Among subjects in the highest category of fish consumption (more than 80 grams daily), the risk of developing colorectal cancer over a 10-year period was 1.28 percent compared with 1.86 percent among those in the lowest category (less than 20 grams daily). The researchers found no association between poultry consumption and colorectal cancer risk.
Although the findings confirm previous studies, "the results reported here are from one of the largest cohorts of men and women that has been developed specifically to examine the relationship between diet and cancer," the researchers note.
Radiotherapy used to treat childhood cancers may contribute to survivors developing subsequent thyroid cancer, say researchers from NCI's Division of Cancer Epidemiology and Genetics (DCEG) in the June 11 Lancet. Chemotherapy given for the original cancer had no impact on later thyroid cancer risk, nor did it modify the risk found from radiotherapy.
The Childhood Cancer Survivor Study is a cohort of more than 14,000 individuals who were diagnosed with cancer between 1970 and 1986 and survived at least 5 years following diagnosis.
By correlating the dose of cumulative radiation received with the occurrence of secondary thyroid cancer, the researchers found evidence for decline in risk at high doses that earlier studies could not. The risk varies with the radiation that the researchers calculated was absorbed by the patient's thyroid gland at the time of original treatment. From 1 Gy up to 20 Gy, the risk increases, peaking between 20 and 29 Gy. Above 30 Gy and up to 50 Gy the risk decreases, "consistent with a cell-killing effect at high doses," said the authors. The study results do not have implications for clinical treatment decisions with regard to childhood cancers because other serious late effects of radiotherapy and chemotherapy do show increasing risk with increasing doses.
"Childhood cancer survivors with a history of radiation exposure to the chest, neck, or head should be considered at risk for thyroid cancer and these patients should have yearly thyroid and neck examinations," the authors said.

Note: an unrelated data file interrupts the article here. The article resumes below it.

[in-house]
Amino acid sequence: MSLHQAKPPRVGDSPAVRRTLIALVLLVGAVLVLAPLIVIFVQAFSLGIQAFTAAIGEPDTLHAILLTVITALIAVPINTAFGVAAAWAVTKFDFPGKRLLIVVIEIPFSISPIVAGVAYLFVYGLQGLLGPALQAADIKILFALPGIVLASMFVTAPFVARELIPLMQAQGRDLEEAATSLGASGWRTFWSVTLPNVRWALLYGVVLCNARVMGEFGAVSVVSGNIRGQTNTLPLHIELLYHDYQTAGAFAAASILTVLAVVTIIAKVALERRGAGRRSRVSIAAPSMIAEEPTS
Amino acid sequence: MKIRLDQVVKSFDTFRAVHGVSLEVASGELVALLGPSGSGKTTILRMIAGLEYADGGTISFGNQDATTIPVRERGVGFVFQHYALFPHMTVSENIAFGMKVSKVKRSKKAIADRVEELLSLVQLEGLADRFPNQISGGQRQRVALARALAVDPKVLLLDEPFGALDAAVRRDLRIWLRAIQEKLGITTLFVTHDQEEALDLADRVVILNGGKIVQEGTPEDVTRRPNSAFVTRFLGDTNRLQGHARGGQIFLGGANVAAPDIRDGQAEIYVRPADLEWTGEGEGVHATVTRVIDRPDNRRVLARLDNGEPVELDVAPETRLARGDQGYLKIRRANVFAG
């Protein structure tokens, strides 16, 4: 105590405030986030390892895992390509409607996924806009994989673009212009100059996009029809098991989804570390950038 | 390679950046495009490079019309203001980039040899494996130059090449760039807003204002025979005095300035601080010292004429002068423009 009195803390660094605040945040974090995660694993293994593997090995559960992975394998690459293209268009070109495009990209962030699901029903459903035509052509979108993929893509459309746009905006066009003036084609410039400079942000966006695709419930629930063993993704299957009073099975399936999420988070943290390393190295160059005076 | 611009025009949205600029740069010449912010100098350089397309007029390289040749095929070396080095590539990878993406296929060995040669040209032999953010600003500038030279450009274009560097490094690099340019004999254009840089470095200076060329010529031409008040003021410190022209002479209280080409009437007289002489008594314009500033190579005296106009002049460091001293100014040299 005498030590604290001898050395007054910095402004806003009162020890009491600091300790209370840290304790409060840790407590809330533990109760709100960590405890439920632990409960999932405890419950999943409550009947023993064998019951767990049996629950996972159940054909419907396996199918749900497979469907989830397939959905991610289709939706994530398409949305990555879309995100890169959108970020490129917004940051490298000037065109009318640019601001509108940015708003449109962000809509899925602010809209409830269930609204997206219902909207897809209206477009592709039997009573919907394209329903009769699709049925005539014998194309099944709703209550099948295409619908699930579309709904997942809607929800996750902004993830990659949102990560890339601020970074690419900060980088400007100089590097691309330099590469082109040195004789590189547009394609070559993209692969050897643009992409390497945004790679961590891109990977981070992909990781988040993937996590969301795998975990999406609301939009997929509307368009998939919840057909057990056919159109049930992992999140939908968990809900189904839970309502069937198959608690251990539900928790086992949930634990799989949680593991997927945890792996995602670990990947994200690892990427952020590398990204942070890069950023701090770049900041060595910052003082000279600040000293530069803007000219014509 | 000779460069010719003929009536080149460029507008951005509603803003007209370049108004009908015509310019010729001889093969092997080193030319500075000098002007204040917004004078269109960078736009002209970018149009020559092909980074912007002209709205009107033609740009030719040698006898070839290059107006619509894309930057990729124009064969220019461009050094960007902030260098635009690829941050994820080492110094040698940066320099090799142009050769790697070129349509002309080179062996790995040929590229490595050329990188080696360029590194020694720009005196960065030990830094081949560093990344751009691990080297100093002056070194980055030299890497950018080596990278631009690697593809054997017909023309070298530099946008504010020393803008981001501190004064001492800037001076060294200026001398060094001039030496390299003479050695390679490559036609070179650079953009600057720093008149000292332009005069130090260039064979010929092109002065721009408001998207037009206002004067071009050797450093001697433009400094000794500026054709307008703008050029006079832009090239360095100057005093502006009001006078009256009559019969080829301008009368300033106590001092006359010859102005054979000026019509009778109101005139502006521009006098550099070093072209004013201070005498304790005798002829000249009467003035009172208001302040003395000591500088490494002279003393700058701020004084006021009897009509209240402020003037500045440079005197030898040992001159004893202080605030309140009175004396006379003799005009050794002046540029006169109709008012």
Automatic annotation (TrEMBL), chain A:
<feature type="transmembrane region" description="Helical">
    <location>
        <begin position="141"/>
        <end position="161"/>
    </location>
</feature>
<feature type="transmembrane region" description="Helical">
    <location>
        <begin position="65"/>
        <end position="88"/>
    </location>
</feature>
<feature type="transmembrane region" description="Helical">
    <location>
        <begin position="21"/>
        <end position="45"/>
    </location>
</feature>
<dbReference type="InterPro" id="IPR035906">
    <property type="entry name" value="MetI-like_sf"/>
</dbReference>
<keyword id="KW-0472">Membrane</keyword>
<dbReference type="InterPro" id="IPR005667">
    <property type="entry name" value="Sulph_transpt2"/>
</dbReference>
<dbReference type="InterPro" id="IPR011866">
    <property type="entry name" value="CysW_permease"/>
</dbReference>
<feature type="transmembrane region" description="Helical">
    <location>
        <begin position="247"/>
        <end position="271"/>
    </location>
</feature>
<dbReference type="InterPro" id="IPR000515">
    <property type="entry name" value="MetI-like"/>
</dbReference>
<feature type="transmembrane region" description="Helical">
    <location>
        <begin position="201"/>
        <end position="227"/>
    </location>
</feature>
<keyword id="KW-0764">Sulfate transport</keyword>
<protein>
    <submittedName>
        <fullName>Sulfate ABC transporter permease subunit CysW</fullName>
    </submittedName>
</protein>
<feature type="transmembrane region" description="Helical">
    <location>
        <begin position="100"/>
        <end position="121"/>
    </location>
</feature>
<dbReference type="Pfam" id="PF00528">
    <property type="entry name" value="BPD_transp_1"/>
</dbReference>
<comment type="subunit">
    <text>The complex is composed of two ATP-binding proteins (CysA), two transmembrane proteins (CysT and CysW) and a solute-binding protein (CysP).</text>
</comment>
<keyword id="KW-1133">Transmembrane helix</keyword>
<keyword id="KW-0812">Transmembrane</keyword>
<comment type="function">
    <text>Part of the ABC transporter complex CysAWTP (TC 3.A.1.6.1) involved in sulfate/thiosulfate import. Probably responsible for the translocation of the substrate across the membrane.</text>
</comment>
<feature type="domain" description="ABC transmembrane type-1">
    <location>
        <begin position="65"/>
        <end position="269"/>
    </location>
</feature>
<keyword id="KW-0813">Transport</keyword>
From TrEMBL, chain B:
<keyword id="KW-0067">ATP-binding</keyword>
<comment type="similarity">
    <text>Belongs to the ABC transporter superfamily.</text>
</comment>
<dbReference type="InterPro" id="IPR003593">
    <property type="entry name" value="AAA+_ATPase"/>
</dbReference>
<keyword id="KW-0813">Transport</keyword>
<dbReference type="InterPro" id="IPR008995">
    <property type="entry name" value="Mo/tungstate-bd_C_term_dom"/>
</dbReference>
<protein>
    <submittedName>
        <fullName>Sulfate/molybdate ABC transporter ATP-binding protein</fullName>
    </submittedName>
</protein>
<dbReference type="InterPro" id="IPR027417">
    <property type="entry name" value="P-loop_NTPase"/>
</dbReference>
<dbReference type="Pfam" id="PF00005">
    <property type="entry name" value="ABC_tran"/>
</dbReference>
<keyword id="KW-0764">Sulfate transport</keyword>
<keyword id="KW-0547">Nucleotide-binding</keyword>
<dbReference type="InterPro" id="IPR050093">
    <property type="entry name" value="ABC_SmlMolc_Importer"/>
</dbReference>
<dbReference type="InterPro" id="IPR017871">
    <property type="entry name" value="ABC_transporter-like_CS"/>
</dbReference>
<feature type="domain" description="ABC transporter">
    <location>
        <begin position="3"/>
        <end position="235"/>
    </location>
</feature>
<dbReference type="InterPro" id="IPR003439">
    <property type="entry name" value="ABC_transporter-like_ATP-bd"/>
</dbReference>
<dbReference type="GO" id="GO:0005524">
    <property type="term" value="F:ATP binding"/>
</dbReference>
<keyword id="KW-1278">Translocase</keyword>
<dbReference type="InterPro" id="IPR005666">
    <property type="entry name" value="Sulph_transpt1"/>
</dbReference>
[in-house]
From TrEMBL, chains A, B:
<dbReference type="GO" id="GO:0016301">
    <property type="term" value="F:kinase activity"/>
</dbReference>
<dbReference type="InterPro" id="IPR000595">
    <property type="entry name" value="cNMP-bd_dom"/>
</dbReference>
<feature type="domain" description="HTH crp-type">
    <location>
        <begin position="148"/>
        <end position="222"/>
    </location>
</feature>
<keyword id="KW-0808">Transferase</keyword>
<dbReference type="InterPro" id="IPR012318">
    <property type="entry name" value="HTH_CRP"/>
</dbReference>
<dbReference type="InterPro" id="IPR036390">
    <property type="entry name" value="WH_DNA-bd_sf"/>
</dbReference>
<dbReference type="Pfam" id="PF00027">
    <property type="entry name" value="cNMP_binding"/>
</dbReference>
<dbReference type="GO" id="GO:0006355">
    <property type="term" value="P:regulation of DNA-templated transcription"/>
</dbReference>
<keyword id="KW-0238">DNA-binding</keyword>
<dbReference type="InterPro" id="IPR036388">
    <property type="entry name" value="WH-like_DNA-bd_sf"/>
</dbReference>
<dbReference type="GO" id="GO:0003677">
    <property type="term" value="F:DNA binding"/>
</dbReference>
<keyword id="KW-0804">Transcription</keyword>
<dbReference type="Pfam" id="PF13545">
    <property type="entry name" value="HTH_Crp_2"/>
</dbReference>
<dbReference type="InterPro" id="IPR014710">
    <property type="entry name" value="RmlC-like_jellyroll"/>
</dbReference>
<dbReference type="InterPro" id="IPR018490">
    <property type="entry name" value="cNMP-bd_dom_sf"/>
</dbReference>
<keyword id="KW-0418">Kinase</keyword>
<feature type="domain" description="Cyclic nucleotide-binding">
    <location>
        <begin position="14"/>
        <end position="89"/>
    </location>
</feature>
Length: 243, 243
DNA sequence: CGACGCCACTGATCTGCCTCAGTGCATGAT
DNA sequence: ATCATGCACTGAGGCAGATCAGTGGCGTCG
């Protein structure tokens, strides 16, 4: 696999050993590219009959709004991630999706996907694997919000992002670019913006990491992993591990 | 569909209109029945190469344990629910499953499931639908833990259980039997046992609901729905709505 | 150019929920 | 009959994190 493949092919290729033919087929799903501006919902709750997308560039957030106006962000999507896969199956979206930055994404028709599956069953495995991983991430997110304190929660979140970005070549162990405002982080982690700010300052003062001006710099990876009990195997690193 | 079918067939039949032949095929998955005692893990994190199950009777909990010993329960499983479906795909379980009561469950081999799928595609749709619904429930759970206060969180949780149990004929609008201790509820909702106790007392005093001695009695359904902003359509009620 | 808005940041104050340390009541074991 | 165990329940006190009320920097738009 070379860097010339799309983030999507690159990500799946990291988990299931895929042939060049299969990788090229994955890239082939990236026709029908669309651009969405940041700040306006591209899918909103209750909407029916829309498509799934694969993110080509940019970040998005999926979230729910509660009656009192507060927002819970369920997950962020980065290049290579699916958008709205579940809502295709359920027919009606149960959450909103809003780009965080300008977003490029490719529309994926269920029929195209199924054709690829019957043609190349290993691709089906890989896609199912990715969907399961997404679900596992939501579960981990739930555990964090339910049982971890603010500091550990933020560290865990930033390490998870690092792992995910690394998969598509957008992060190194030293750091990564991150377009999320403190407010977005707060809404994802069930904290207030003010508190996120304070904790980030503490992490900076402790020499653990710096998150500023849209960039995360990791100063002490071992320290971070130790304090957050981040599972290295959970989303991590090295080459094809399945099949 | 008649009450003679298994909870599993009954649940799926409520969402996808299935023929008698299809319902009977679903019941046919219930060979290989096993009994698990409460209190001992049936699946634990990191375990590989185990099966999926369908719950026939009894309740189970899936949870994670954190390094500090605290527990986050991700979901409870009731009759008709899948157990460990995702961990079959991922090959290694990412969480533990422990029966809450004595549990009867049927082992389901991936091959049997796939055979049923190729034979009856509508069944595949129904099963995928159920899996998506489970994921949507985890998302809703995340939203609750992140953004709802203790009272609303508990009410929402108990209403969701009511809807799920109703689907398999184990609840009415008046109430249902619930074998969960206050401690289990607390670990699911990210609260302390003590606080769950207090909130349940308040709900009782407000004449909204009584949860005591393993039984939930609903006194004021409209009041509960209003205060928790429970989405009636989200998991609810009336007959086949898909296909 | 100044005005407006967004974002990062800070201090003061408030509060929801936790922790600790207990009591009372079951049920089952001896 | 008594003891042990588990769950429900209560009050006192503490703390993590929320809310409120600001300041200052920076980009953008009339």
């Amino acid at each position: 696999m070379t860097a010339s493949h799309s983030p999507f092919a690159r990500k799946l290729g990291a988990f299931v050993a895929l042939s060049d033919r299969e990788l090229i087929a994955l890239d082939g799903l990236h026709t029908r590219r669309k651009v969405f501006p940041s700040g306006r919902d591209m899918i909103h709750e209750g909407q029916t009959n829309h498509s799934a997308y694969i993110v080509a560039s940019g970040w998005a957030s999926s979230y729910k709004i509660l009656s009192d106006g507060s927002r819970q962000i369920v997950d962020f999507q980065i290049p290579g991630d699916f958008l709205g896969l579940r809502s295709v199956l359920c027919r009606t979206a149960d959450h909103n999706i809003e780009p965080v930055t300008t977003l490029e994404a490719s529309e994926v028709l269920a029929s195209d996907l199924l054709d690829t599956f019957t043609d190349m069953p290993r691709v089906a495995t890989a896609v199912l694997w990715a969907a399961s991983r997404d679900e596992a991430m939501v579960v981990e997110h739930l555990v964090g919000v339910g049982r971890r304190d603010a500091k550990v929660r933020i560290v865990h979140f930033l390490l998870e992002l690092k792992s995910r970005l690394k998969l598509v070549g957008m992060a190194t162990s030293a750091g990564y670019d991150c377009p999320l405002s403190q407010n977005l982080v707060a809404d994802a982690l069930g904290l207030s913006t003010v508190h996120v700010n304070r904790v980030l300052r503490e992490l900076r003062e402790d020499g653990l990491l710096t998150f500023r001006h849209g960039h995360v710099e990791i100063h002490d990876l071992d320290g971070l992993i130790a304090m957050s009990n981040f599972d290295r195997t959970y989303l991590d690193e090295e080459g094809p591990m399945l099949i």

This nested case-control study, led by Dr. Alice J. Sigurdson from the Radiation Epidemiology Branch of DCEG, identified 72 children who were under 21 years of age when they were diagnosed with a childhood cancer, had survived more than 5 years, and later developed thyroid cancer. For each patient, a set of four controls with healthy, intact thyroid glands were matched by gender, approximate age of first cancer diagnosis, and follow-up interval.
In an editorial, Dr. Judith Kingston of the Royal London Hospital said the study clearly showed "that the thyroid gland in younger children is more susceptible to the oncogenic effects of radiation than in older children."
A report in the June 15 Journal of the National Cancer Institute provides the first hints of how to identify brain tumor patients who will respond to the drug erlotinib (Tarceva), originally developed for lung cancer.
In lung cancer, researchers are finding that patients who respond to the drug have a specific molecular signature. The current study examined similar signatures in glioblastomas.
Drs. Daphne A. Haas-Kogan and David Stokoe of the University of California, San Francisco, and colleagues studied tissue samples from 41 participants in a phase I trial of erlotinib for glioblastoma. They wanted to know if levels of the protein biomarker, epidermal growth factor receptor (EGFR), could predict which patients would respond. Erlotinib is a small molecule that targets that specific protein.
Eight of the 41 glioma patients responded to erlotinib treatment. The researchers report that response was predicted by high levels of EGFR and low levels of a related enzyme, PKB/Akt. None of the 22 patients whose tumors had high levels of phosphorylated PKB/Akt responded to erlotinib, whereas 8 of the 18 patients with low levels of phosphorylated PKB/Akt did respond. The researchers plan to use these results in the design of a phase II trial.
"Future trials of EGFR inhibitors should build on our current findings and, with prospective molecular profiling, should establish the most appropriate agent(s) for each individual patient. Clearly, in clinical trials testing signaling inhibitors, selection of patients with appropriate molecular characteristics will not only help to assess the true efficacy of specific novel agents but will also maximize benefits to individual patients," the authors wrote.